After analyzing data from over 20,000 men, researchers from the United States, Sweden, and the United Kingdom have concluded that erectile dysfunction (ED) drugs most likely do not cause melanoma, a form of skin cancer.
Their report was published in the June 23/30 edition of the Journal of the American Medical Association (JAMA).
Past research suggested a possible link between sildenafil (Viagra) and skin cancer. The current study investigated this connection further and included two other similar ED medications – vardenafil (Levitra) and tadalafil (Cialis).
The scientists examined medical records of Swedish men obtained from medical registers and databases. They took note of how many ED drug prescriptions the men filled, rates of melanoma, and disease stages. They also considered basal cell carcinoma, a type of skin cancer that acts differently from melanoma.
They identified 4,065 men with melanoma. An additional 20,325 men did not have melanoma and served as the control group.
The researchers found that 11% of the men with melanoma had filled a prescription for sildenafil, vardenafil, or tadalafil. Eight percent of the control group had done so.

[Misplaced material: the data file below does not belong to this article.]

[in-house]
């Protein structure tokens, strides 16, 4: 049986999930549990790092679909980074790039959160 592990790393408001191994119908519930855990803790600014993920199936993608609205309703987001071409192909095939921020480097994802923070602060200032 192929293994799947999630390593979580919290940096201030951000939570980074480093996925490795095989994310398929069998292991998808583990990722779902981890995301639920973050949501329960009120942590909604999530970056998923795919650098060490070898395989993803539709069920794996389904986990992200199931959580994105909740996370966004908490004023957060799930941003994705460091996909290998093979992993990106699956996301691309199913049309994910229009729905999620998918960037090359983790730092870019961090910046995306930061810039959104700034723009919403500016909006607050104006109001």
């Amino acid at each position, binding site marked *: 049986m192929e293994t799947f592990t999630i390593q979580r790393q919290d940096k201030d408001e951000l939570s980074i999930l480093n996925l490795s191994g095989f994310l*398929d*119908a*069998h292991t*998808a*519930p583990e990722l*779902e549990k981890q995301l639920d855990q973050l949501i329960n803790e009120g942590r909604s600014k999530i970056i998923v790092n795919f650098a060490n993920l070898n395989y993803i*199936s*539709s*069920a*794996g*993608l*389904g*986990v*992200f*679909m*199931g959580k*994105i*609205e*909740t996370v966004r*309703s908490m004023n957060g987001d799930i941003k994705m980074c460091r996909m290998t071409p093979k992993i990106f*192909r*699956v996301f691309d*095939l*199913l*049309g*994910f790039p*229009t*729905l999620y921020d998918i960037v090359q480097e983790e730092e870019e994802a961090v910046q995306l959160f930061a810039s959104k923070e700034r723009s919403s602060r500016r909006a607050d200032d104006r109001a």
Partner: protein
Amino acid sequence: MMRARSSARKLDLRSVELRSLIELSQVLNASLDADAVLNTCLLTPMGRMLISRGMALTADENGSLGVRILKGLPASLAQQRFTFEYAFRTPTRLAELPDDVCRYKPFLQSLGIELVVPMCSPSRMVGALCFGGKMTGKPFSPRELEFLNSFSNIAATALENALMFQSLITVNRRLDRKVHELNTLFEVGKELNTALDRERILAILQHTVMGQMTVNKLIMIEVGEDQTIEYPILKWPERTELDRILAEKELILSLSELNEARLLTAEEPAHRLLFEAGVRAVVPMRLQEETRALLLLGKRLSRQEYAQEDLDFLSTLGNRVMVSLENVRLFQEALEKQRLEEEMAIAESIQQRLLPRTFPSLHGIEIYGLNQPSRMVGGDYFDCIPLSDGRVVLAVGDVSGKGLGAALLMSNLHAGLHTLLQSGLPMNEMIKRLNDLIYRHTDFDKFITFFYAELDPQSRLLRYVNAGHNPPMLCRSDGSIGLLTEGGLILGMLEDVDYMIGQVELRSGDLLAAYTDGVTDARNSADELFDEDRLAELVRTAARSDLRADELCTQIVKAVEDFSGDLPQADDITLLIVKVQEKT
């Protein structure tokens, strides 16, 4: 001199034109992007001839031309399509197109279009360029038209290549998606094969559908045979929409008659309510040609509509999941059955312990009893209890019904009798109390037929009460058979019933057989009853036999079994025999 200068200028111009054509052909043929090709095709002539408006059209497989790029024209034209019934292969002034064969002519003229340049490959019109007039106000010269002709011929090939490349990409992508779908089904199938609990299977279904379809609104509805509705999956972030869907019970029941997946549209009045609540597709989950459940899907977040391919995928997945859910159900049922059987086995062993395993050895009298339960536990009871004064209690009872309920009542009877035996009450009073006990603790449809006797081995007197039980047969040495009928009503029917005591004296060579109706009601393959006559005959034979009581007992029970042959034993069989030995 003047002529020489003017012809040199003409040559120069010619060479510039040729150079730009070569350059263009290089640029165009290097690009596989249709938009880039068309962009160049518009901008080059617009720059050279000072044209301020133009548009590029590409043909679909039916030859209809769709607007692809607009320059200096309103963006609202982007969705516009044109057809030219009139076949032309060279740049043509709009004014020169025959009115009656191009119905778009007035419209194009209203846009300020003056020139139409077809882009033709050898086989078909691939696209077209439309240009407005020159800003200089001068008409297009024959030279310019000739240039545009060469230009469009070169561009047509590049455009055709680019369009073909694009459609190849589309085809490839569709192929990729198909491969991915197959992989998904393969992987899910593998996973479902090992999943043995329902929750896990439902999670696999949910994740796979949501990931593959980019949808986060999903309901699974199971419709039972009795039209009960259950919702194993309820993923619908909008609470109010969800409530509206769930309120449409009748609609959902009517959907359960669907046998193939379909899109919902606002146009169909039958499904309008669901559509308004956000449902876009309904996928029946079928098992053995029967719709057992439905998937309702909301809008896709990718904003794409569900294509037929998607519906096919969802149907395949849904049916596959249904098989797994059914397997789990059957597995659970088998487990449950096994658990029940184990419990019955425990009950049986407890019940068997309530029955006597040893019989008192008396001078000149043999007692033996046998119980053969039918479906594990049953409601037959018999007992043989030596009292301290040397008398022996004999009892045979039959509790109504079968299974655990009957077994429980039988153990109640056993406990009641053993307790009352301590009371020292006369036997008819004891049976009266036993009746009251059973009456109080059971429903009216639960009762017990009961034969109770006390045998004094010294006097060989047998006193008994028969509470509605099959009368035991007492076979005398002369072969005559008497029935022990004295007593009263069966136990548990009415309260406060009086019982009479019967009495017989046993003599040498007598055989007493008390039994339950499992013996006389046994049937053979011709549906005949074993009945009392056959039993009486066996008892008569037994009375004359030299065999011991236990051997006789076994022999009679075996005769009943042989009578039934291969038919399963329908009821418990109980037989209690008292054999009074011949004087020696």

While these results pointed to a “modest but statistically significant” increase of risk for melanoma among men who filled ED drug prescriptions, the researchers could not conclude that the drugs cause melanoma. They noted the following:
• First, risk was higher in men who filled one prescription only. Men who filled two or more prescriptions were not at significantly higher risk.
• Second, the drugs were associated only with higher risk for melanoma stages 0 and I. There was no association with stages II through IV.
• Third, there was also a connection between ED drugs and increased risk for basal cell carcinoma.
The scientists noted that if there was a causal relationship between ED drugs and melanoma, the above three findings would be unlikely.
Higher rates of melanoma among ED drug users might be explained by lifestyle. In this study, the men taking the ED drugs tended to have more education and higher incomes.
In a press release, lead author Stacy Loeb, MD, a urologist at New York’s NYU Langone Medical Center, explained, “What our study results show is that groups of men who are more likely to get malignant melanoma include those with higher disposable incomes and education—men who likely can also afford more vacations in the sun—and who also have the means to buy erectile dysfunction medications, which are very expensive.”
American Cancer Society
“What is melanoma skin cancer?”
(Last revised: March 20, 2015)
Journal of the American Medical Association
Loeb, Stacy, MD, MSc, et al.
“Use of Phosphodiesterase Type 5 Inhibitors for Erectile Dysfunction and Risk of Malignant Melanoma”
(Full-text. June 23/30, 2015)
NYU Langone Medical Center
“Viagra Does Something Very Important—But It Is Unlikely to Cause Melanoma, Researchers Conclude”
(Press release. June 23, 2015)